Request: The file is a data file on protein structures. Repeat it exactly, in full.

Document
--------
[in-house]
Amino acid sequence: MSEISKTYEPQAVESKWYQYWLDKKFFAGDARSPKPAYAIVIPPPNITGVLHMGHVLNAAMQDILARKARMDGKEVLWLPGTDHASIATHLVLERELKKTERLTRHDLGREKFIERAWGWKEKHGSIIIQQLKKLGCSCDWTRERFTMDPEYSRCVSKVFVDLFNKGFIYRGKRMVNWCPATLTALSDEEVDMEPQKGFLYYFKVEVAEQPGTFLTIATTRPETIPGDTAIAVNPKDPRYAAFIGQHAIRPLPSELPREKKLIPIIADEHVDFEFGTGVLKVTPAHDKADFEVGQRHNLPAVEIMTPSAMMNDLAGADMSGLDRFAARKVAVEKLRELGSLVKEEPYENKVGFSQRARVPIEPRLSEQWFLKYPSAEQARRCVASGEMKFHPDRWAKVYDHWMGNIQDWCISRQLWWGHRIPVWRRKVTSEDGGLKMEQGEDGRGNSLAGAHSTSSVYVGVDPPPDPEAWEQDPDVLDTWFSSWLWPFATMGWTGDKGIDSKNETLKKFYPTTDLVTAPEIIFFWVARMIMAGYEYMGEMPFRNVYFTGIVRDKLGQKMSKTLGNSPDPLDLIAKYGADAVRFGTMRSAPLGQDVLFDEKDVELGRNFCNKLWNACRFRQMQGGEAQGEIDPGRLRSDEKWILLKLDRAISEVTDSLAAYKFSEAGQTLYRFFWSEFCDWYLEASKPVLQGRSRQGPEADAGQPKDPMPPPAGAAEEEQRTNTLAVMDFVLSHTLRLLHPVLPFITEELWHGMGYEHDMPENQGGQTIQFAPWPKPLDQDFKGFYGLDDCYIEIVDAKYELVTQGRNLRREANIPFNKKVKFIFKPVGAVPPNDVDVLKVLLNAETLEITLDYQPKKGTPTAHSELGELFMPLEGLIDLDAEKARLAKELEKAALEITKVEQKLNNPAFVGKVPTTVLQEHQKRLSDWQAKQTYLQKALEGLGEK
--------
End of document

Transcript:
[in-house]
Amino acid sequence: MSEISKTYEPQAVESKWYQYWLDKKFFAGDARSPKPAYAIVIPPPNITGVLHMGHVLNAAMQDILARKARMDGKEVLWLPGTDHASIATHLVLERELKKTERLTRHDLGREKFIERAWGWKEKHGSIIIQQLKKLGCSCDWTRERFTMDPEYSRCVSKVFVDLFNKGFIYRGKRMVNWCPATLTALSDEEVDMEPQKGFLYYFKVEVAEQPGTFLTIATTRPETIPGDTAIAVNPKDPRYAAFIGQHAIRPLPSELPREKKLIPIIADEHVDFEFGTGVLKVTPAHDKADFEVGQRHNLPAVEIMTPSAMMNDLAGADMSGLDRFAARKVAVEKLRELGSLVKEEPYENKVGFSQRARVPIEPRLSEQWFLKYPSAEQARRCVASGEMKFHPDRWAKVYDHWMGNIQDWCISRQLWWGHRIPVWRRKVTSEDGGLKMEQGEDGRGNSLAGAHSTSSVYVGVDPPPDPEAWEQDPDVLDTWFSSWLWPFATMGWTGDKGIDSKNETLKKFYPTTDLVTAPEIIFFWVARMIMAGYEYMGEMPFRNVYFTGIVRDKLGQKMSKTLGNSPDPLDLIAKYGADAVRFGTMRSAPLGQDVLFDEKDVELGRNFCNKLWNACRFRQMQGGEAQGEIDPGRLRSDEKWILLKLDRAISEVTDSLAAYKFSEAGQTLYRFFWSEFCDWYLEASKPVLQGRSRQGPEADAGQPKDPMPPPAGAAEEEQRTNTLAVMDFVLSHTLRLLHPVLPFITEELWHGMGYEHDMPENQGGQTIQFAPWPKPLDQDFKGFYGLDDCYIEIVDAKYELVTQGRNLRREANIPFNKKVKFIFKPVGAVPPNDVDVLKVLLNAETLEITLDYQPKKGTPTAHSELGELFMPLEGLIDLDAEKARLAKELEKAALEITKVEQKLNNPAFVGKVPTTVLQEHQKRLSDWQAKQTYLQKALEGLGEK